John Weland | December 21, 2018



Dragon Quest XI: A first for PC

Dragon Quest XI: Echoes of an Elusive Age is the first of the Dragon Quest series to have a PC release. The story uses a lot of the usual genre tropes and manages to pull it all together. Things like being borne unto greatness; adopted as an infant and growing up only knowing a simple life. Being told fanciful stories of a legendary hero, then finding out that you are that hero incarnate. It is a story of betrayal, a story of light versus the dark or good versus evil; fulfilling your potential in order to be anointed.

I made it about 10 hours in before ‘Damned Cat’ stepped on my PC’s reset button, corrupting the save files (that were then backed up to steam cloud save), meaning that I had to start over. However – I do believe that, while I haven’t experienced the full story, I was able to experience enough of it to bring you all the info you need on the look, feel, and mechanics for you to make a decision yourself as to whether or not you should pick up the game yourself. So let’s go, shall we?

The look and feel of Dragon Quest

Dragon Quest XI follows the Dragon Quest anime aesthetic set by the brand, but somehow manages to go above and beyond. I may be biased here, but I think the game looks amazing. While playing it, I couldn’t quite put my finger on why this felt so familiar. Looking through the credits I found that it was animated by Akira Toriyama (whom, if you don’t know, is the man responsible for Dragon Ball). This explains it. The art style and similarity between Dragon Quest XI’s characters and world parallels that of Dragon Ball and Toriyama’s other works like Chrono Trigger. The parallels only get stronger from there. The main character, also referred to as “the Luminary,” draws a striking resemblance to Dragon Ball Z’s (Future) Trunks. Visual similarities aside, Dragon Quest XI is gorgeous.

The Audio in Dragon Quest

A game’s audio is just as important for immersion. Both visuals and music help set the mood and can really drive home the ability to manipulate the player’s feelings. You might not think so, but there is a lot of science that goes into a score for a film, play, or in this case a video game. Music, voice acting, and even sound effects should add to a game to drive home its narrative.

Voice Acting

Voice acting is something I would consider to be new to RPGs. It wasn’t until the early 2000’s that we would see voice acting make its way into video games. Final Fantasy X was the first I can recall that had full character voice acting other than a few odd sound effect or screams. This is the one area in which Dragon Quest XI really fell short for me. Take this with a grain of salt, as I am not a linguist nor can I pinpoint a person’s neighborhood. The characters in Dragon Quest XI seem to have a British accent, but at times it seems a bit inconsistent.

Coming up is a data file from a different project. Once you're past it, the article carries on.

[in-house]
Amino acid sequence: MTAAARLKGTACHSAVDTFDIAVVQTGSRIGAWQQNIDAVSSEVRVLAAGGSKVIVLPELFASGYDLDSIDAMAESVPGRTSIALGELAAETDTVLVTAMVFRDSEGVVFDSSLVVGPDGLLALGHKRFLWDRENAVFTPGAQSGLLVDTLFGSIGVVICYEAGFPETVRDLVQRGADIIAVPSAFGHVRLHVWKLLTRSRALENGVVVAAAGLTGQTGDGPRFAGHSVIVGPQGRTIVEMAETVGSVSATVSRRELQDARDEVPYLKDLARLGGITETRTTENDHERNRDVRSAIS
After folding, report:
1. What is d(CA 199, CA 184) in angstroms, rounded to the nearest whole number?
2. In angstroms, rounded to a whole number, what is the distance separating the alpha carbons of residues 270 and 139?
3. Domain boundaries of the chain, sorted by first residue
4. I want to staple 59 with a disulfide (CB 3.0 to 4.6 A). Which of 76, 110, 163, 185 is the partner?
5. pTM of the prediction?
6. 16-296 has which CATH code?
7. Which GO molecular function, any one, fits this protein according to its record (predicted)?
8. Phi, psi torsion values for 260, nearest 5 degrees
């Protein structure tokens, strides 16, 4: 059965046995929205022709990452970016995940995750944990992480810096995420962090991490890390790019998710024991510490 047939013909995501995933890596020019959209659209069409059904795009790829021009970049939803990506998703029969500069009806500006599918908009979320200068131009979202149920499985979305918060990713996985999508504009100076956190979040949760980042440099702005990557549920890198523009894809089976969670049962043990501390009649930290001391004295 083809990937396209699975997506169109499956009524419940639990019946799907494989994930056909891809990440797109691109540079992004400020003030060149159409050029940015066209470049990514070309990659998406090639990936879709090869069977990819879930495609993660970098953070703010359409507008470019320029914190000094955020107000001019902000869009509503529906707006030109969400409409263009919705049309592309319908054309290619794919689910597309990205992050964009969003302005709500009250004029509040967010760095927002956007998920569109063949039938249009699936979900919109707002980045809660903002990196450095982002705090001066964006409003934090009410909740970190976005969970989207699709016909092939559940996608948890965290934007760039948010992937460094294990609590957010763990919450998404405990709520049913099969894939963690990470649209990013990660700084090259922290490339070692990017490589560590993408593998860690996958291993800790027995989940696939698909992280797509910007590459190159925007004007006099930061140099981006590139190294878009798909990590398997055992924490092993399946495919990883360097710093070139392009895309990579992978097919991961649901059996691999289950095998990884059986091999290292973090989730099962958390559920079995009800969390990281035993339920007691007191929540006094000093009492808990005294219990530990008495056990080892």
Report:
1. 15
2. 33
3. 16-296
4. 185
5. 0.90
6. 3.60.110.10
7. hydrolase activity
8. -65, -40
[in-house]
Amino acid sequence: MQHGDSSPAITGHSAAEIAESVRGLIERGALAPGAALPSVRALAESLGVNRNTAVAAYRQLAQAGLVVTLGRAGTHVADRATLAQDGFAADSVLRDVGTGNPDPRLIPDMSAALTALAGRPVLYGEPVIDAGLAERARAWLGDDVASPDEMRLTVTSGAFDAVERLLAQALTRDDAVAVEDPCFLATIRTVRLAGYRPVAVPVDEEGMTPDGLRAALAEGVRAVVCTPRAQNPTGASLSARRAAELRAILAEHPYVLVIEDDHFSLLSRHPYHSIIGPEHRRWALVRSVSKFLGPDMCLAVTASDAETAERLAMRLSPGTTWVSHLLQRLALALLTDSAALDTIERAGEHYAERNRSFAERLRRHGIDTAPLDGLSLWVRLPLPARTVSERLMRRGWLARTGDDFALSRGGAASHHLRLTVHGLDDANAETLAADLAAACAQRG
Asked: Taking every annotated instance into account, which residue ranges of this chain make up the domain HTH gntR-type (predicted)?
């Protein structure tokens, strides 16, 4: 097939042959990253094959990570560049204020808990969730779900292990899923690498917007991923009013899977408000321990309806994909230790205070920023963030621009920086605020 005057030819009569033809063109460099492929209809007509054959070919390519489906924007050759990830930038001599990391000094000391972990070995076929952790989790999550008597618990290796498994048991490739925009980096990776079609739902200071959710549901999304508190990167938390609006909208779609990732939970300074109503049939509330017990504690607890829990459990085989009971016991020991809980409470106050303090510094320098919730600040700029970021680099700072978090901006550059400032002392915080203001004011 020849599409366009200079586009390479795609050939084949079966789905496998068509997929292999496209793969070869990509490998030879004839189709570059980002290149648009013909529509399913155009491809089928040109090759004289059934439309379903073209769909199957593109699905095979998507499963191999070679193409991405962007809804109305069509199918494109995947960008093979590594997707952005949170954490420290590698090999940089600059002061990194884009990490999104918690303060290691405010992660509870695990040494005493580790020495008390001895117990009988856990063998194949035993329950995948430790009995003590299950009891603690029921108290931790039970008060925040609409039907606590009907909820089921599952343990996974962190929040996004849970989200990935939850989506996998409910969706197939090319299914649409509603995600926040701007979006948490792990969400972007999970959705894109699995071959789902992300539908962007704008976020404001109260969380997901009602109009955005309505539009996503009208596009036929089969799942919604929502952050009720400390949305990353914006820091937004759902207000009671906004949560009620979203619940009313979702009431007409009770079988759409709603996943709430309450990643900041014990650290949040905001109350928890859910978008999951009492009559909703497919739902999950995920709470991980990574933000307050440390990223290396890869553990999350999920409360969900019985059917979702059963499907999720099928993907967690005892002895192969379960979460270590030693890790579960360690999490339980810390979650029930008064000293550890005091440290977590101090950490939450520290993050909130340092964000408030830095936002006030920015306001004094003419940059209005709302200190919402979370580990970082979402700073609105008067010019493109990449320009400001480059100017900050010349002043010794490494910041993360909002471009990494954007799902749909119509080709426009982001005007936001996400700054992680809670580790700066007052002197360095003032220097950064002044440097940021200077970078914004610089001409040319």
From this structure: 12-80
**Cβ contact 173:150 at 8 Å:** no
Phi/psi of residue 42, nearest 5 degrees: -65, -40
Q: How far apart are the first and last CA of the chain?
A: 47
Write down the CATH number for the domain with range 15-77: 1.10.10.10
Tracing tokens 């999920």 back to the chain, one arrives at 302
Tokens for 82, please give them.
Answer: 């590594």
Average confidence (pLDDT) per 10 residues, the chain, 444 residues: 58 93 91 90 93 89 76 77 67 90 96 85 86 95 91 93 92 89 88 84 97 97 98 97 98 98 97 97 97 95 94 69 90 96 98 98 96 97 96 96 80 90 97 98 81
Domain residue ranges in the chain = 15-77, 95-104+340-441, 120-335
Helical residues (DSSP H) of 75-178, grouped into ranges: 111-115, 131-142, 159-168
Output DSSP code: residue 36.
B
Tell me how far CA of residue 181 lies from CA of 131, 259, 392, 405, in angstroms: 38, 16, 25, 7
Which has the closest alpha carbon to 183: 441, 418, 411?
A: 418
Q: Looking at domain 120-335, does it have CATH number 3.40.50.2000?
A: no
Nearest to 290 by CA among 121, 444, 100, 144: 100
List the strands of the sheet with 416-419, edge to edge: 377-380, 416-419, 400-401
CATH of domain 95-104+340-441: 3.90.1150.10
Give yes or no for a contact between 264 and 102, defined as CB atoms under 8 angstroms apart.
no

I know that I’m about to cover a lot of changes in dialect, but hang with me here. There is one character in particular, Gemma, one of the female characters you meet early on. She starts out sounding a little Cockney (South East London) Having her TH sounds roll between “da” “ff” and “vv”, [this->diss] [think->fink], [bother->bover]. However, mid-conversation her voice becomes very Australian “crikey”, sounding like Bindi Irwin (daughter of the late Steve Irwin). Then, at times sounding deep American South maybe… Alabama (think Forrest Gump). It seems like a silly complaint, but if you were not looking at the screen you’d think there were two or three characters on screen finishing each other’s sentences. It’s as if multiple people voiced Gemma’s character, and the audio tracks spliced together in post.


The music production in Dragon Quest XI is pretty damn great. While it’s not as spectacular as music composed by Nobuo Uematsu, the famed composer for most of the Final Fantasy series, the game’s music does a really good job of keeping the player engaged while subtly tugging on the emotional strings. Whether it be the feeling of suspense, betrayal, or joy, all in all the Dragon Quest soundtrack does its job well and may be the redeeming factor after the voice acting fiasco.

Game Play Mechanic

Game play mechanics feel really well-fleshed out. You explore the game through a top-down (third person) view, and encounters draw you into a battle sequence. As you approach most enemies, you can sneak up on them and attack, gaining a ‘first strike’ in the coming battle sequence. Battle is turn-based; here you choose whether to attack, defend, use spells/specials or items. Special linked abilities become available when multiple members of your party charge their own abilities enough to use them. You can procure items either the old fashioned way (buying things), or as you advance you can unlock a “fun-sized forge” and play a bit of a mini-game to turn your junk into weapons and armor.

Autosaves happen occasionally, but hard saves are done at various campsites and goddess statues. Areas tend to be closed off and corridor-like, though nicely done. The game does a fair bit of hand-holding but it’s not unbearable.

Final Thoughts

All in all, Dragon Quest XI is a fun game with a beautiful world and tried-and-true mechanics. The music is pretty great and the voice acting is forgivable. The game normally retails for $59.99, however, it is currently on sale for 40% off through Steam (12/20/2018). So far I’ve enjoyed it and even having to start over doesn’t bother me. I’d recommend it.

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